A Gathering Dis-OBI-dience
from Africa in Transition and Africa Program

A Gathering Dis-OBI-dience

The proverbial “Third Force” in Nigerian politics is finally making itself heard, but its chances of causing an upset are slim.
People wait to get registered during the INEC voters registration exercise in Abuja, Nigeria on June 23, 2022.
People wait to get registered during the INEC voters registration exercise in Abuja, Nigeria on June 23, 2022. REUTERS/Afolabi Sotunde

What does mounting enthusiasm about the presidential prospects of former two-time governor and presidential candidate of the Labour Party, Peter Obi, suggest about the state of affairs in Nigeria? Can Obi really topple the two-party consensus that has defined Nigerian politics since the inauguration of the Nigerian Fourth Republic in 1999, or is he, in the fashion of Oby Ezekwezili, Kingsley Moghalu, Godwin Emefiele, Ngozi Okonjo-Iweala, and Akinwumi Adesina, the latest instantiation of a recurrent technocratic tease?

Obi’s supporters—the “Obi-dient,” as they take pride in being called—believe he is the chosen one, and their deep conviction that Obi stands apart from the political establishment is captured in the following tweet by activist and businesswoman Aisha Yesufu: “We need a President and not an emperor and the only person that is going to be “OBEDIENT” is Peter Obi! Desperation must not make you forfeit your rights! The #OfficeOfTheCitizen remains the highest office in the land!”

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Much of the growing support for Obi among a cross section of disaffected young people is born out of understandable frustration with the system, specifically the fact that the presidential candidates of the two main political parties, Bola Tinubu of the ruling All Progressives Congress (APC) and Atiku Abubakar of the opposition People’s Democratic Party (PDP) are septuagenarians (both are seventy and seventy-five, respectively) perceived as symbolizing the business as usual brand of politics that has led the country to the brink of economic collapse.

Contra these two political ancients, the thinking goes, Peter Obi, although himself not exactly a spring chicken at sixty, represents the best chance of an orderly transition to a less gerontocratic, more sprightly leadership. Incumbent President Muhammadu Buhari is eighty this year.

But age is not the only reason the “Obi-dient” are willing to bet the farm on their man. They invoke his decent, if not outstanding, record as two-time governor of Anambra State in the southeastern region, his experience in the private sector before he entered party politics, and what appears to be his personal tenacity.

Above all, they like his often self-inflating rhetoric. Of the major candidates in next year’s election, Obi is the only one who seems to grasp that the country’s problems require more than the usual band-aid, who seems to understand that the country will have to dream big, and who appears ready to make the political sacrifices necessary to accomplish these goals. He has vowed to turn the economy around by reducing dependence on oil (in 2019, the country’s oil exports were 94.1 percent of total exports), cut down the cost of governance (Nigerian lawmakers are among the world’s highest paid), and eliminate petroleum subsidies (the scheme is expected to cost the government $9.6 billion in 2022 alone) which he decries as “financing inefficiency.”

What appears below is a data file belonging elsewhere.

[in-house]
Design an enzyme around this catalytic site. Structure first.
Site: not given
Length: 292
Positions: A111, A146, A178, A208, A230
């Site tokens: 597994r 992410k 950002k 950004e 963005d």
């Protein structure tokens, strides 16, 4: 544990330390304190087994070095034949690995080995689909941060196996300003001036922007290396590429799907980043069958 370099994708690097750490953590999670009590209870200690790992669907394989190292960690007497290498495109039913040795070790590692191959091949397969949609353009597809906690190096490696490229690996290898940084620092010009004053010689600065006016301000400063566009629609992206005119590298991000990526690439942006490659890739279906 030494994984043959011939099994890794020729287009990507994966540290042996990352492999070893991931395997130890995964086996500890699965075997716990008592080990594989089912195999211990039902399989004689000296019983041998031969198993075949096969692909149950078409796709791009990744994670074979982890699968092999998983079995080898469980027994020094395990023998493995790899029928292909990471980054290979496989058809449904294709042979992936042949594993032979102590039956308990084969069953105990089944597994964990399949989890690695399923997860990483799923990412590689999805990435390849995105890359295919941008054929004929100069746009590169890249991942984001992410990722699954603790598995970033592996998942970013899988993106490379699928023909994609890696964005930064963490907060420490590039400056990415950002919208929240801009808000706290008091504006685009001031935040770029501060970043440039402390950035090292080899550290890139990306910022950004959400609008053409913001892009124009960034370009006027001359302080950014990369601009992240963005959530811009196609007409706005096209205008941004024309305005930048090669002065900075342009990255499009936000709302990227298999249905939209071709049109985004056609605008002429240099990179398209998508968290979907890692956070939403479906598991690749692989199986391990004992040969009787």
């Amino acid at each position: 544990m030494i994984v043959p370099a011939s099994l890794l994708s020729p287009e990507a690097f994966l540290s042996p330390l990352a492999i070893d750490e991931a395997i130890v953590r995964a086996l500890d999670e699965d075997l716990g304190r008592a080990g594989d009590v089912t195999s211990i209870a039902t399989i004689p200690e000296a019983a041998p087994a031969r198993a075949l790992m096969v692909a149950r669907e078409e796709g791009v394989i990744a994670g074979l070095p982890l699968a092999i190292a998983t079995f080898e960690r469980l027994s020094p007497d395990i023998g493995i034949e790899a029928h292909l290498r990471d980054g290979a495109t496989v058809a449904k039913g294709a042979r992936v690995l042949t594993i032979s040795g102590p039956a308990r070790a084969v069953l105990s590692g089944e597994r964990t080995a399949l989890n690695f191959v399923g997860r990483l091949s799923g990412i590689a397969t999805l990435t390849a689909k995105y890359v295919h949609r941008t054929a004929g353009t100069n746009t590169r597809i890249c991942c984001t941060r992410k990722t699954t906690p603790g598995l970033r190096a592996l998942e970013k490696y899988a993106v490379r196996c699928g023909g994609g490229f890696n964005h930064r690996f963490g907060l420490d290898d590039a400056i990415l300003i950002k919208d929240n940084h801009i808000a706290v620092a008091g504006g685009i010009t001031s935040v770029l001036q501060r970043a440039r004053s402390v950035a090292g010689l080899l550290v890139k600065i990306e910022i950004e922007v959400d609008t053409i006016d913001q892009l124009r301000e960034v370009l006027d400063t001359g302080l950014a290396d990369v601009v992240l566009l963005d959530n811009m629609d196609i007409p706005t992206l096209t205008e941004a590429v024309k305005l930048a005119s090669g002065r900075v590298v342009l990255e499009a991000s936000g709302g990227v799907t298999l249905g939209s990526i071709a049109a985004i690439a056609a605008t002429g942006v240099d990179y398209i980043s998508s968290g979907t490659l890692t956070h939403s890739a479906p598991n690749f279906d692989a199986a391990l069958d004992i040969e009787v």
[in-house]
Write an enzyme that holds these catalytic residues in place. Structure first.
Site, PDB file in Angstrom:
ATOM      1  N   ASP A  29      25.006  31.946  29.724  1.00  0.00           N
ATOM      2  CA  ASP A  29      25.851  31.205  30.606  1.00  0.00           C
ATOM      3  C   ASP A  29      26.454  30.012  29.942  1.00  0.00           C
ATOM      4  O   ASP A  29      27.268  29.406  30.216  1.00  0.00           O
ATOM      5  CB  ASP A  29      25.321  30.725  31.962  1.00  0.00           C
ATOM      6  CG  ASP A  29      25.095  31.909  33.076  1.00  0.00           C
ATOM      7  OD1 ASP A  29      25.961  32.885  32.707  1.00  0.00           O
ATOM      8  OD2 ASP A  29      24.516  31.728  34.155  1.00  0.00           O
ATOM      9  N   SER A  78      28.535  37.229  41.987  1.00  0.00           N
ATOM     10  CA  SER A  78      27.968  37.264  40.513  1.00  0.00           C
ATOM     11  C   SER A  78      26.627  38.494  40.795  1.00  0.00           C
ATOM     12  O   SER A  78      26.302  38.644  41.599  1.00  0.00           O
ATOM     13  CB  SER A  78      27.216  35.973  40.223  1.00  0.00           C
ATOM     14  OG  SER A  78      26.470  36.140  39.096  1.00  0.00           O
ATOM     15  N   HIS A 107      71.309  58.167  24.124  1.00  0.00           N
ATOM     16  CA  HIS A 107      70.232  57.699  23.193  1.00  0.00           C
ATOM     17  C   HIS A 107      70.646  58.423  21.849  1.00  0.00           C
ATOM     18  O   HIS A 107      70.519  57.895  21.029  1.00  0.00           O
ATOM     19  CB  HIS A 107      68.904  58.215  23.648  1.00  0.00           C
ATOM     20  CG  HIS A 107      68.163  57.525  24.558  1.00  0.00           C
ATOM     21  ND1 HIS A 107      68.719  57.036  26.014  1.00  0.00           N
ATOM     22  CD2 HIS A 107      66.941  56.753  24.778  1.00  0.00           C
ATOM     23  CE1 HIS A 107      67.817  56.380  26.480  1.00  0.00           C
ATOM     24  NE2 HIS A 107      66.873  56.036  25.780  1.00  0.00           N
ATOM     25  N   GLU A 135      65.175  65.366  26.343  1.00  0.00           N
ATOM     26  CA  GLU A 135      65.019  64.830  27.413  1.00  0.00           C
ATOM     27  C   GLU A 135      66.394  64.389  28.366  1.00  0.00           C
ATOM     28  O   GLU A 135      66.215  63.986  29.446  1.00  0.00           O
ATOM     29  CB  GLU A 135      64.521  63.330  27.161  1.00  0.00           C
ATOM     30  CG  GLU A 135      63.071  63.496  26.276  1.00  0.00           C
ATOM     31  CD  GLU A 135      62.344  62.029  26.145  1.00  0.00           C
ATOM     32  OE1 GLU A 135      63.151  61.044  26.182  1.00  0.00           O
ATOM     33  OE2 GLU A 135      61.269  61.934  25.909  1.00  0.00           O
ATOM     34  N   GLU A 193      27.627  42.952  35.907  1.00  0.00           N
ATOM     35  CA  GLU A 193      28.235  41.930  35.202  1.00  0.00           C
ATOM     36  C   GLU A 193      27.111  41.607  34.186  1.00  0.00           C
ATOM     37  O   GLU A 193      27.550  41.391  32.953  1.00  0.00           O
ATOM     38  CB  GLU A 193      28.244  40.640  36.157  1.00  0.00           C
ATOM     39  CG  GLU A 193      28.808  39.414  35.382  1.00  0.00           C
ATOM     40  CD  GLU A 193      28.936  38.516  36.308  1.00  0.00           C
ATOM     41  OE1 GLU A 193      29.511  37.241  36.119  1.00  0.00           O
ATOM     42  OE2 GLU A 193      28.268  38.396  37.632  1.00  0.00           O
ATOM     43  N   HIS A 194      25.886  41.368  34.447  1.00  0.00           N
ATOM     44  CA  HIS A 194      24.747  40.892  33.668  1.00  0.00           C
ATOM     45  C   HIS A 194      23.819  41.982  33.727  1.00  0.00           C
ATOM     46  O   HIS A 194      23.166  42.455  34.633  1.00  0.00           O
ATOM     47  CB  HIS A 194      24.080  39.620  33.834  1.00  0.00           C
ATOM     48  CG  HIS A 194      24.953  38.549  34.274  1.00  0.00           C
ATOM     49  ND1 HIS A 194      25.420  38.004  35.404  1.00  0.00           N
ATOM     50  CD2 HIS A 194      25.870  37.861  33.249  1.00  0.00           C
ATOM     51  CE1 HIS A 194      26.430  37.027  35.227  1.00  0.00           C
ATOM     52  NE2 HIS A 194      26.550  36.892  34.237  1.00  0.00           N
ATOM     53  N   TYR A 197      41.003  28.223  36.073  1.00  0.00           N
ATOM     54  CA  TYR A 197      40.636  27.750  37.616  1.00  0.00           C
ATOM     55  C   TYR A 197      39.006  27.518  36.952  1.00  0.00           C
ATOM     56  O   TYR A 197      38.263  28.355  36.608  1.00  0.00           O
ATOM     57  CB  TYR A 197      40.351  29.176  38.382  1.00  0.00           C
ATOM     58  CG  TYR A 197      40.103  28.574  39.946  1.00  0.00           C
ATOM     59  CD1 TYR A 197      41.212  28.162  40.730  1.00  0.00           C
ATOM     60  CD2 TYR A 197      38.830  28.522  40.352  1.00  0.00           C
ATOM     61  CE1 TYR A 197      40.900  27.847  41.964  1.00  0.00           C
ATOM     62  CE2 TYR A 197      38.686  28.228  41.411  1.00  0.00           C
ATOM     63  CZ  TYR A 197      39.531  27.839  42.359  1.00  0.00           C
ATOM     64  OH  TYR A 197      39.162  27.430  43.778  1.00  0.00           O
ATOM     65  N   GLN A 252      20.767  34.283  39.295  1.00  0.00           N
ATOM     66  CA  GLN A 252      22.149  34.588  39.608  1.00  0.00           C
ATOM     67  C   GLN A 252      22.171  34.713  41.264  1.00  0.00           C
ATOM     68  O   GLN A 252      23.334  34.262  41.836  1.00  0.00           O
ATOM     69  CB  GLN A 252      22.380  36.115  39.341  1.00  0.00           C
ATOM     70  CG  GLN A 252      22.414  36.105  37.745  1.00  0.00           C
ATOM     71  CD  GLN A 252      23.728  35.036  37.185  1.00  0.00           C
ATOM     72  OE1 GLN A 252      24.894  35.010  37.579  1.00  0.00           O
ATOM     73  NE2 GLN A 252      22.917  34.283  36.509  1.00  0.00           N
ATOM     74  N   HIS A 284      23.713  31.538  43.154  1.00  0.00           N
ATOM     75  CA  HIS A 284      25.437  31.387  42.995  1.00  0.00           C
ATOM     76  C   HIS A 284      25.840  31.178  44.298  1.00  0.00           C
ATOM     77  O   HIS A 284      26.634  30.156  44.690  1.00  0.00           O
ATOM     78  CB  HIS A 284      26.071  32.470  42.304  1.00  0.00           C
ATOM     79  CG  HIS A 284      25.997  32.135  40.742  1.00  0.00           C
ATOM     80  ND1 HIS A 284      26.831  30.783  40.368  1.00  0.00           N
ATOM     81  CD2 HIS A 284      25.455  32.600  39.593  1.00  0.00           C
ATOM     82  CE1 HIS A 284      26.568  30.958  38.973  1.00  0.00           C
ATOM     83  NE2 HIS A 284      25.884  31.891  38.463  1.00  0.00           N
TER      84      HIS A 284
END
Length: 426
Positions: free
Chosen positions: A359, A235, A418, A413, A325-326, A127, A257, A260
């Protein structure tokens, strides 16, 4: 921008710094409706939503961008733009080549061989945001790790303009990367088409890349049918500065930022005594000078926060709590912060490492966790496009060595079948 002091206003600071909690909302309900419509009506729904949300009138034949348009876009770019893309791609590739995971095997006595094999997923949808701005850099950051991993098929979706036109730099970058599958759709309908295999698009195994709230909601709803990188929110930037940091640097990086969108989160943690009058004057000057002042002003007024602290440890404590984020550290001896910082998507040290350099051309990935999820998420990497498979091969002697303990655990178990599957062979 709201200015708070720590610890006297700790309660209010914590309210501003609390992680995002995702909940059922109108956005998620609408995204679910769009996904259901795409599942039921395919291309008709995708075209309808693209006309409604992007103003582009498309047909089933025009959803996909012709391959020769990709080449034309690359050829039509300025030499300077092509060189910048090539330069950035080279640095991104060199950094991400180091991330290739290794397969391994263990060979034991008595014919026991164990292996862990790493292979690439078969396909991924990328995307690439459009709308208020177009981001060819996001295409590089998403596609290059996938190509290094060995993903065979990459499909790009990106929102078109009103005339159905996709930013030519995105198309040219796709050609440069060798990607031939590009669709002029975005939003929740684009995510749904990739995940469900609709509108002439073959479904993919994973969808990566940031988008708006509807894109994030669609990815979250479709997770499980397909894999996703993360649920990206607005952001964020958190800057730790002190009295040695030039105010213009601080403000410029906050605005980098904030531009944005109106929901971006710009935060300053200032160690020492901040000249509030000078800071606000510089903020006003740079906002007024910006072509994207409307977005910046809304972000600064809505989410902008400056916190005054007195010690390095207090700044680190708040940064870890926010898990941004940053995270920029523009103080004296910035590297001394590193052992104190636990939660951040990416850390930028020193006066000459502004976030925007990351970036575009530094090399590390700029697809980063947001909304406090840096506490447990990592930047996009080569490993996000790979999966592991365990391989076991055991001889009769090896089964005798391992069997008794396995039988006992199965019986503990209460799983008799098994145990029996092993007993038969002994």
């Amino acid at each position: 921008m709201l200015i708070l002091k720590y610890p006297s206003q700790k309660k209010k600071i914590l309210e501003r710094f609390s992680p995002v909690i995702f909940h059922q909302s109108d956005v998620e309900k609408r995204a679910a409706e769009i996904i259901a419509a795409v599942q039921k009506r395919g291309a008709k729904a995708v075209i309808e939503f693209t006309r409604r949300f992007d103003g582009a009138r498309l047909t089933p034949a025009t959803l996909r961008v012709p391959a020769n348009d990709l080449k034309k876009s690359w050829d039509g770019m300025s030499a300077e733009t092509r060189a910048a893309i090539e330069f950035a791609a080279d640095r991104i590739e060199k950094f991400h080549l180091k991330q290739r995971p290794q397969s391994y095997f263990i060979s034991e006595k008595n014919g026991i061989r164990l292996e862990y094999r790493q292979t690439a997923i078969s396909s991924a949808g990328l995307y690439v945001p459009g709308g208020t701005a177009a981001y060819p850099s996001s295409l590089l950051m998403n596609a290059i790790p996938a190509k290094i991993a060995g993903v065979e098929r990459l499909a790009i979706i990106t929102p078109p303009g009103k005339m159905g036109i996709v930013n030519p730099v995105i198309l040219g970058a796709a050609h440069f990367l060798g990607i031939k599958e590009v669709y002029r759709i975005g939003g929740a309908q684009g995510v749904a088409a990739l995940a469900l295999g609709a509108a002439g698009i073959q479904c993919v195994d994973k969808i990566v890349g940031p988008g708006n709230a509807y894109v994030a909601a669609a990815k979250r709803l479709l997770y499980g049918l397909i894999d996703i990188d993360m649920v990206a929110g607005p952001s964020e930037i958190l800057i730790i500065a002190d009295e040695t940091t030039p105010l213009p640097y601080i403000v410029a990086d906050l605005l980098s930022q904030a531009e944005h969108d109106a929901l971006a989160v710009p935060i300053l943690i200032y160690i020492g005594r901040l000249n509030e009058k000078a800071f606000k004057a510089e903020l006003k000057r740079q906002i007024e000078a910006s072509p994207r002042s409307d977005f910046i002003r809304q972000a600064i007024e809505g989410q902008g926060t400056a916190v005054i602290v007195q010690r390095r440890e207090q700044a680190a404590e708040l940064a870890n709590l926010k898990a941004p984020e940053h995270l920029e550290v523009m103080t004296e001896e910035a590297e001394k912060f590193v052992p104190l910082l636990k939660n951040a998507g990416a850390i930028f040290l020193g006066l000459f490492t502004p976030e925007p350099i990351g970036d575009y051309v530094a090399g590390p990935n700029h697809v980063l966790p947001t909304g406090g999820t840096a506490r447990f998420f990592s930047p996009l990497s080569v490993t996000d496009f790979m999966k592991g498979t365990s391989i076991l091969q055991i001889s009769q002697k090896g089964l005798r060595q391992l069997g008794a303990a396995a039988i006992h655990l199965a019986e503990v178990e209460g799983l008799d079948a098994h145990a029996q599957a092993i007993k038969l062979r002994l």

The sour political mood in the country also seems to favor Obi’s candidacy.

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Heading into its final year in office, the Muhammadu Buhari administration has been nothing short of a disaster. On Buhari’s watch, the economy has cratered. In January, a World Bank report concluded that the Nigerian economy was worse than it was a decade ago. According to Nigeria’s National Bureau of Statistics (NBS), in the first quarter of 2021, unemployment among Nigerians aged twenty-five to thirty-four stood at a staggering 37.2 percent. At 17 percent, inflation is at an eleven-month high. With killings and abductions happening daily, the country’s security situation is arguably at its worst since the end of the Civil War in 1970. In May of this year alone, at least 594 people were killed while 227 were kidnapped for ransom. Given this situation, it comes as no surprise that, according to a 2021 Africa Polling Institute survey, seven out of ten Nigerians are willing to leave the country if given the opportunity.

In all this, Buhari has been a study in passivity, and has over the past several years done more than enough to justify critics’ original reservations that he lacks the intellectual resources required to run a modern state. Having run for the presidency three times before eventually getting his wish at the fourth time of asking in 2015, Buhari’s general unpreparedness has lent weight to the suspicion that he merely ran to compensate for his dispatch from office via a coup d’état in 1985. Seven shiftless years later, the advantage to the country of a presidency he so desperately craved remains to be seen.